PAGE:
In today’s well-known passage from Matthew’s gospel, we find Jesus in the region of Caesarea Philippi in the far north of Israel, near to the source of the river Jordan. This was one of their stopping points on their journey to the Mount of Transfiguration. It is here that he asks his disciples a fascinating question… “Who do people say the Son of Man is?” Their response would show how “in touch” they were with the society and culture that they were part of. From the response of the disciples though, it is clear that the people of that area had no grasp that Jesus himself was the ‘Son of Man’.
The title ‘Son of Man’ is one that Jewish people would have been very familiar with. It occurs 107 times in the Old Testament for example, and typically means an individual person as a part of the human race – in other words a human being, or literally a son of mankind. In Daniel though we learn of one “like a Son of Man” who will be exalted. But what does it mean in this context?
The significance of this is that in his first coming Jesus had to come as the ‘Son of Man’, the suffering servant, in order to identify himself in his humanity in order to take on the sin of the world, to come if you like as the second Adam, and to fulfil Old Testament prophecy. Yet in doing this he never lost his deity. He was fully man and fully God. We can therefore look to Jesus as the author and finisher of our salvation, the one who represents the human race because He shared our humanity, but was perfect. The point is this…if the Jewish people had fully understood prophecy in Hebrew Scripture, they would have realised that there are two kinds of Messianic prophecies in the Old Testament – the “Suffering Servant” prophecies (seen in the Servant Songs of Isaiah and elsewhere, and in some of the psalms of David), and also the “Davidic Messiah” of the conquering triumphal King who will subdue the enemies of God, establish the Kingdom and bring in worldwide peace, reigning from Jerusalem.
So what the Jews in Jesus’ time missed is that the Messiah had to come twice for these prophecies to be fulfilled. First, the Messiah – Jesus – had to come as the ‘Son of Man’ to identify with all of humanity – like a second Adam – and to be the ultimate sacrifice to conquer sin and death once and for all. Second, the Messiah – Jesus – had to return in his second coming as the ‘Son of David’ / ‘Son of God’ as a conquering King in all his resplendent glory. This would accomplish many things, not least of which is the “grafting” of the Gentiles (non Jews) to the Jews. In the Old Testament the Jews were called to be a “light to the nations”. In the New Testament, the Church is called to be a light to the Jews. It was always God’s plan for this.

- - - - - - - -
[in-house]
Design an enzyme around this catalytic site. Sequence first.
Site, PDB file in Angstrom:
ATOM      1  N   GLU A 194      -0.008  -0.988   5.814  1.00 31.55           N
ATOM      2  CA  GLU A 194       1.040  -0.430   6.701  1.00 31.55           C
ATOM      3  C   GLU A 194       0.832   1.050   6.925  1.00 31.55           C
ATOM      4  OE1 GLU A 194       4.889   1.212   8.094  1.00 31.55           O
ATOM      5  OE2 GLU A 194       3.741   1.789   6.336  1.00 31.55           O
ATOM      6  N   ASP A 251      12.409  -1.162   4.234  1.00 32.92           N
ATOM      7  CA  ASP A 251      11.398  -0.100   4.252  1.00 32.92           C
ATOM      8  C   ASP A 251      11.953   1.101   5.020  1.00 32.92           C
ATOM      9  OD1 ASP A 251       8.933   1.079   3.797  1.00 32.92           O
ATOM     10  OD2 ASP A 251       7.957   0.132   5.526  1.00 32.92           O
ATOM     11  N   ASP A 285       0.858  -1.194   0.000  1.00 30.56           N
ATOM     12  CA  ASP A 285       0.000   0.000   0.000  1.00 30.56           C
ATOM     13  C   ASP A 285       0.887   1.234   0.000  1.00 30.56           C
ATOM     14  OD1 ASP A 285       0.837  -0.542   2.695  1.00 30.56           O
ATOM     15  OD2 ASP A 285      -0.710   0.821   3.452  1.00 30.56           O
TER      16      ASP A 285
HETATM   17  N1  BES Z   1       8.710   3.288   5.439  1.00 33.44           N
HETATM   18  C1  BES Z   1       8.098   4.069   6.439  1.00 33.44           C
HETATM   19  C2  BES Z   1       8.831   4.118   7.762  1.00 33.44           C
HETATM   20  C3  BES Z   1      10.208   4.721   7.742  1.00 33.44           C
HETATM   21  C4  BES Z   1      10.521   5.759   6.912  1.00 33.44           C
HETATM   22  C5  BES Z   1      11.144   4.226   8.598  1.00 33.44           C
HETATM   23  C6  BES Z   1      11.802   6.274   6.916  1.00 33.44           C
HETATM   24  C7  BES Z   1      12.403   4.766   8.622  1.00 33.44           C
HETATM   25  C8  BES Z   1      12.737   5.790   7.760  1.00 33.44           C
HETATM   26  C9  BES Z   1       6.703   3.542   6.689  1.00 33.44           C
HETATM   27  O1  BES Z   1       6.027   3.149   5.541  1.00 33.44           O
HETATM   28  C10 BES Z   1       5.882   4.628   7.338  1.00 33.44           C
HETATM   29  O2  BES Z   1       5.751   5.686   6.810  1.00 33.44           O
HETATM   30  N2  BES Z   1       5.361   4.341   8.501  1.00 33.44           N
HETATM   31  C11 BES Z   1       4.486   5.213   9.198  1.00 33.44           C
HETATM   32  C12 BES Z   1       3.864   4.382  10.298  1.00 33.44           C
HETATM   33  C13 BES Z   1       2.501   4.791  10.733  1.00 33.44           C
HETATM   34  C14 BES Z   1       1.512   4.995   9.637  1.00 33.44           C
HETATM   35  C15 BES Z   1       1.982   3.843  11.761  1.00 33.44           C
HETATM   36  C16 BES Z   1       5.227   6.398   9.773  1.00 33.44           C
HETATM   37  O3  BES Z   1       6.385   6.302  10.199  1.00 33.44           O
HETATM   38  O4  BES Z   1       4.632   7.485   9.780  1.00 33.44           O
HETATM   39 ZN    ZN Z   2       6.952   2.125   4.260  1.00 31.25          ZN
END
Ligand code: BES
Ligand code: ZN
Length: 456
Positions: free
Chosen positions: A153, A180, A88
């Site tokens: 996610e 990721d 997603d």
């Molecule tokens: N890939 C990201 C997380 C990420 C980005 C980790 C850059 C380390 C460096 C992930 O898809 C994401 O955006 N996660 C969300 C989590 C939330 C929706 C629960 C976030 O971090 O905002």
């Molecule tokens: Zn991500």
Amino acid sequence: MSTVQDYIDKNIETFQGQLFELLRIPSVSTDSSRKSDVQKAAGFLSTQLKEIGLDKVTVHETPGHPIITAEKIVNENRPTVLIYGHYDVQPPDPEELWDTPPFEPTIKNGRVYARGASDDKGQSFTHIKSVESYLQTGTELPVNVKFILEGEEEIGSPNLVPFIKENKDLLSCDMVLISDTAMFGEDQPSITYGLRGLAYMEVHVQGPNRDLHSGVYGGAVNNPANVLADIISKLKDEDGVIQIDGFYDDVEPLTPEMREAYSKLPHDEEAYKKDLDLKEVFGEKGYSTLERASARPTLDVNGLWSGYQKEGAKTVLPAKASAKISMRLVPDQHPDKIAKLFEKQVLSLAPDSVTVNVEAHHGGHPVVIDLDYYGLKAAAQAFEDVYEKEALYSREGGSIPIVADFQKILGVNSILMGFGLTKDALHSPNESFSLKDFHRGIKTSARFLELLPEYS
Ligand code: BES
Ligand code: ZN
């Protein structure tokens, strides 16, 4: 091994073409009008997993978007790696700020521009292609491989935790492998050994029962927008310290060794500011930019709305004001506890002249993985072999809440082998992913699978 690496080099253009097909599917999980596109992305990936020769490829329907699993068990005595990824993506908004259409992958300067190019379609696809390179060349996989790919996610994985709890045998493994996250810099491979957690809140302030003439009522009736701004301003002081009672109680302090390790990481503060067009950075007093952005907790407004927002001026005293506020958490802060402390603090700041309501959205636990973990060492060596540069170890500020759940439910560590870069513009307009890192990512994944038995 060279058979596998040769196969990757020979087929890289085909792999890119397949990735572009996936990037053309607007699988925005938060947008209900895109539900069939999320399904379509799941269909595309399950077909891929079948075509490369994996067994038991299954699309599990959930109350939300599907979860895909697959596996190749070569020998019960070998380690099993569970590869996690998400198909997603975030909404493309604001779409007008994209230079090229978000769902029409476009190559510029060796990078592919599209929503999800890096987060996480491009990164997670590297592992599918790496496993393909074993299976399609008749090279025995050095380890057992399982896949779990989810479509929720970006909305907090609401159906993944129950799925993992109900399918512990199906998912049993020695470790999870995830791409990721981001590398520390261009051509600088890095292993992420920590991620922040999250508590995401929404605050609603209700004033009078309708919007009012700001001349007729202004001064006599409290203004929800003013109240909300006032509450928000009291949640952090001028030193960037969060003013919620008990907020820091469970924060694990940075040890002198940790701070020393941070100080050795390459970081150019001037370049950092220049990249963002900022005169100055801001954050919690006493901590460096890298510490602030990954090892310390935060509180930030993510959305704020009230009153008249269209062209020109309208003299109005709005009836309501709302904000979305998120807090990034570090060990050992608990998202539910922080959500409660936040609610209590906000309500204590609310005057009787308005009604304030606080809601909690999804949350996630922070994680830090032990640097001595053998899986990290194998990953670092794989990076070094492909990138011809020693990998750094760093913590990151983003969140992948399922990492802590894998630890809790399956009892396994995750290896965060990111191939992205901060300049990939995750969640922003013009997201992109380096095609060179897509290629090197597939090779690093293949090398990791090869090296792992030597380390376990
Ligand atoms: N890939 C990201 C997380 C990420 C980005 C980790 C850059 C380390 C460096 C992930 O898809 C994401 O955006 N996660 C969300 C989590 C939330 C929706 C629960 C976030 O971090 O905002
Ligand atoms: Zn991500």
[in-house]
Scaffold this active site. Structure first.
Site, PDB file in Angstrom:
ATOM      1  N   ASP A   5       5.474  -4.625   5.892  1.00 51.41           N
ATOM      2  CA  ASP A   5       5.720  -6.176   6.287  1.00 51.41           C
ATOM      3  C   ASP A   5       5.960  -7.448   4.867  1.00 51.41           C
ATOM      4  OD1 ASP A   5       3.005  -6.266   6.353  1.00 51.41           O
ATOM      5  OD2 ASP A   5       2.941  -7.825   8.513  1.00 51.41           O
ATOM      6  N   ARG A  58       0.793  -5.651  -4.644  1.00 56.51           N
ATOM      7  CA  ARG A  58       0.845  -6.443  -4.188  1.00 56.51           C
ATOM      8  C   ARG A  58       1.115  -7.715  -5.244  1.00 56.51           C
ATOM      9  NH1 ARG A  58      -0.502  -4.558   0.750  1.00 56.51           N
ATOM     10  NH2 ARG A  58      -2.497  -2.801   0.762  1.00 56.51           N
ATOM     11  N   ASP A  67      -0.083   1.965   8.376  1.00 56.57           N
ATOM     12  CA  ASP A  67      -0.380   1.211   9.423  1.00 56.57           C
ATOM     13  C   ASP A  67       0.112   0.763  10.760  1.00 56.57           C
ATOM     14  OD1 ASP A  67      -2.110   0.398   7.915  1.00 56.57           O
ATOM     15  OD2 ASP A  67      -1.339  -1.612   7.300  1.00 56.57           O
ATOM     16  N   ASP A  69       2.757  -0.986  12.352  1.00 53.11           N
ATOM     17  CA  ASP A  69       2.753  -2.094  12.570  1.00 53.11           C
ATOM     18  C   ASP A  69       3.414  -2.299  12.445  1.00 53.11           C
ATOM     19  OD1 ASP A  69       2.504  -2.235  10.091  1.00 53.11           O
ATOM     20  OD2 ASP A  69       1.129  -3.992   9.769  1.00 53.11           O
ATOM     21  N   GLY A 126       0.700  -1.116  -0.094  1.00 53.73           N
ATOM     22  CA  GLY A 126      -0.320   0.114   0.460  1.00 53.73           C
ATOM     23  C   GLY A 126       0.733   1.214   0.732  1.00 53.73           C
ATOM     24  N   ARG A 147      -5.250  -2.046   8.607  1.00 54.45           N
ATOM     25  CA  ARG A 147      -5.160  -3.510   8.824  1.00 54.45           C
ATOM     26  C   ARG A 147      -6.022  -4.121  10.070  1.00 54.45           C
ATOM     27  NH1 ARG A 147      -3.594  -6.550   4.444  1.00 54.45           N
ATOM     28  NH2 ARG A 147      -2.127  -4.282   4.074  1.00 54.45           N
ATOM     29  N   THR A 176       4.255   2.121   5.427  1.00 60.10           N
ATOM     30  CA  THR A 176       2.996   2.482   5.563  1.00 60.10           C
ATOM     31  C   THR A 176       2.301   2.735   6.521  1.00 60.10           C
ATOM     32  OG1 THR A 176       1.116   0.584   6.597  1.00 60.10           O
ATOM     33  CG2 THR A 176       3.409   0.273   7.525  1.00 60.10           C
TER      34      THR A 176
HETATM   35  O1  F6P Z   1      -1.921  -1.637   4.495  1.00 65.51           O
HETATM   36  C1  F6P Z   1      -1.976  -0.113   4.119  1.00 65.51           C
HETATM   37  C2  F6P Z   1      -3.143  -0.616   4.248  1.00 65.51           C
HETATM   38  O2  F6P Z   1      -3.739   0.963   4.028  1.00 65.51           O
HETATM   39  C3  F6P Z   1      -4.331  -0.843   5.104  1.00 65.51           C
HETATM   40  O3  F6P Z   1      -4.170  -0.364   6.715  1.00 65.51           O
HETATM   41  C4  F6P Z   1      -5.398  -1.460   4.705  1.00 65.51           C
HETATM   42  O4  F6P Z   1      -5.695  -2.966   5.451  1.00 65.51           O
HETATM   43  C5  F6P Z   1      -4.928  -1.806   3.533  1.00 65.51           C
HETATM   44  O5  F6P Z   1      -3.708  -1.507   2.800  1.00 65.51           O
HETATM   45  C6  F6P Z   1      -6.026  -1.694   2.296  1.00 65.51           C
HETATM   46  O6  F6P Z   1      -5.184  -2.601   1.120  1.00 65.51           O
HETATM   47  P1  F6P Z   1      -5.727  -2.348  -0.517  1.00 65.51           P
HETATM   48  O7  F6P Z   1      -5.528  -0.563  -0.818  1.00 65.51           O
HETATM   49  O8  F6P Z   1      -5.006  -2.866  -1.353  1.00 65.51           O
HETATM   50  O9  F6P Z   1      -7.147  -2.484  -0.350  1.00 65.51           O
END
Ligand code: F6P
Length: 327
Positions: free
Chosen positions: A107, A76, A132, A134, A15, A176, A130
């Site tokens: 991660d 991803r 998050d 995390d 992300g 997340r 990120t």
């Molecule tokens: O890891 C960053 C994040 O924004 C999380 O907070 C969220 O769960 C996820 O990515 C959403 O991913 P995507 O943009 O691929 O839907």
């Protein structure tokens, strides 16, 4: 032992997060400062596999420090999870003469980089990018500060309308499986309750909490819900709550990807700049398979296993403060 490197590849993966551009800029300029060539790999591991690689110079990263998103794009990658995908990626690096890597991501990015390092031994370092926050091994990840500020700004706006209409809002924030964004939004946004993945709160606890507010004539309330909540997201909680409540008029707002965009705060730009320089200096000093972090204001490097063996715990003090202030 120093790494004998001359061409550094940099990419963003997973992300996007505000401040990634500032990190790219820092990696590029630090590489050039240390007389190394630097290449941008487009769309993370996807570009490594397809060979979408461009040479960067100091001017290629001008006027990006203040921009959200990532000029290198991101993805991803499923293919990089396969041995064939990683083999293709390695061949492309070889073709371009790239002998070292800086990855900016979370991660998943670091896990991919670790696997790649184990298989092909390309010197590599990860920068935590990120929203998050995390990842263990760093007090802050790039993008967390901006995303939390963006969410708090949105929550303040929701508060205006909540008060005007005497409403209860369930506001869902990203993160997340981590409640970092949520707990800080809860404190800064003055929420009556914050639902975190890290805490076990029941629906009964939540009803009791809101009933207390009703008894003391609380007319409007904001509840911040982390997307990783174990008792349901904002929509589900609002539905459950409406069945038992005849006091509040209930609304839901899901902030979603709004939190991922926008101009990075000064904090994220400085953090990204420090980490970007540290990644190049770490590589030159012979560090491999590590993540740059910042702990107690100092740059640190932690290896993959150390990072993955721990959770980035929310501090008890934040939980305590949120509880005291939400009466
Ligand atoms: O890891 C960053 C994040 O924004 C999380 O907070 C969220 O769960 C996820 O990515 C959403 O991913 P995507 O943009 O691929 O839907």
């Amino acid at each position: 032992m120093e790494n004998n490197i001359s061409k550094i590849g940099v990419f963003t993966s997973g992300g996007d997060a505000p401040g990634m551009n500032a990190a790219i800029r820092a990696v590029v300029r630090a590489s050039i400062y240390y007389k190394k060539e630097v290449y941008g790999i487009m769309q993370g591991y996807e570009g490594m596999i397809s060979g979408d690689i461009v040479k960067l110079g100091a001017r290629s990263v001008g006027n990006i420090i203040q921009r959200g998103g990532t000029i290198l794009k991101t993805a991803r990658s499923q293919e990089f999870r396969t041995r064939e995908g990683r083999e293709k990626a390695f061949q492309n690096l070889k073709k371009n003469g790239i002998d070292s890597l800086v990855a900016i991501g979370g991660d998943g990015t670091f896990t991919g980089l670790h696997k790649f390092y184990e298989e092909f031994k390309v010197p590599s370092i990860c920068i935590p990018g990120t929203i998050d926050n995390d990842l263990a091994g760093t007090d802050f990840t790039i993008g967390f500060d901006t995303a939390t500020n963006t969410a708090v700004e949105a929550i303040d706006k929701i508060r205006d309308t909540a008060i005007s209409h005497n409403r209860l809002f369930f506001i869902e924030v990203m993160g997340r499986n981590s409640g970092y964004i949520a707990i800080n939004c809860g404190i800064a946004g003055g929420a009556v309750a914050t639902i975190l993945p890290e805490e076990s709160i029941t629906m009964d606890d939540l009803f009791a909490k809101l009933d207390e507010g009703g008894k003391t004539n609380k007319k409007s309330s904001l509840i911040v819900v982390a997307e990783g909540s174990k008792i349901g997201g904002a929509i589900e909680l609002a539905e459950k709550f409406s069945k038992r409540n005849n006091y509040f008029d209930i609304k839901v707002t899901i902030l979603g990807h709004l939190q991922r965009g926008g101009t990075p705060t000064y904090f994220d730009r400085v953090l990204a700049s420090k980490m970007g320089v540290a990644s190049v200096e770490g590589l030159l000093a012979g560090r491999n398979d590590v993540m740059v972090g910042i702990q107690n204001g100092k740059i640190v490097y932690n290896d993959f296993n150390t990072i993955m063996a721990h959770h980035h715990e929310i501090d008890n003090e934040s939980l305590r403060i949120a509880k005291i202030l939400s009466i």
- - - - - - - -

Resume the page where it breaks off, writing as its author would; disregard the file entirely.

What isn’t apparent from the text itself is that Caesarea-Philippi was not always called such; this was the name given to the region in the early Roman period. But the region was originally known as Banias, and then became known as Panion or Paneas in the Hellenistic period which preceded the Roman period. Its history was filled with conflict, and for many years it was not in the hands of the Jewish people. In this time, it was known for the cluster of sacred shrines dedicated to pagan gods and most notoriously Pan, the pagan God associated with nature. This explains why the region used to be called Panion, and the subsequent spiritual ‘blindness’ of the people who didn’t recognise Jesus as being the ‘Son of Man’. Archaeological evidence in support of this still exists today.
With that in mind, we can see why Simon Peter’s response to Jesus’ question “Who do you say I am?” is so significant. Simon Peter answered, “You are the Messiah, the Son of the living God.” Jesus replied, “Blessed are you, Simon son of Jonah, for this was not revealed to you by flesh and blood, but by my Father in heaven. And I tell you that you are Peter, and on this rock I will build my church, and the gates of death will not overcome it. I will give you the keys of the kingdom of heaven; whatever you bind on earth will be bound in heaven, and whatever you loose on earth will be loosed in heaven.” It is so important that we understand who Jesus is. If we think Jesus was a mere man, then his sacrifice means nothing. If we don’t believe that there will be a second coming, then where is our hope? In Christ and through the power of the Holy Spirit we have been given privilege and authority; we may seek to bind up the brokenness that we encounter in this world through service and prayer, and to loose or release people from spiritual bondage into their full potential in Christ. Let us pray that we might not be spiritually blind, but might welcome Jesus the Messiah and say Lord, may your kingdom come, may your will be done. Let us pray that as we seek to exercise the responsibility that comes with privilege and authority, we may have opportunities to bind up the brokenness that we encounter in this world through service and prayer, and to loose or release people from spiritual bondage into their full potential in Christ. Amen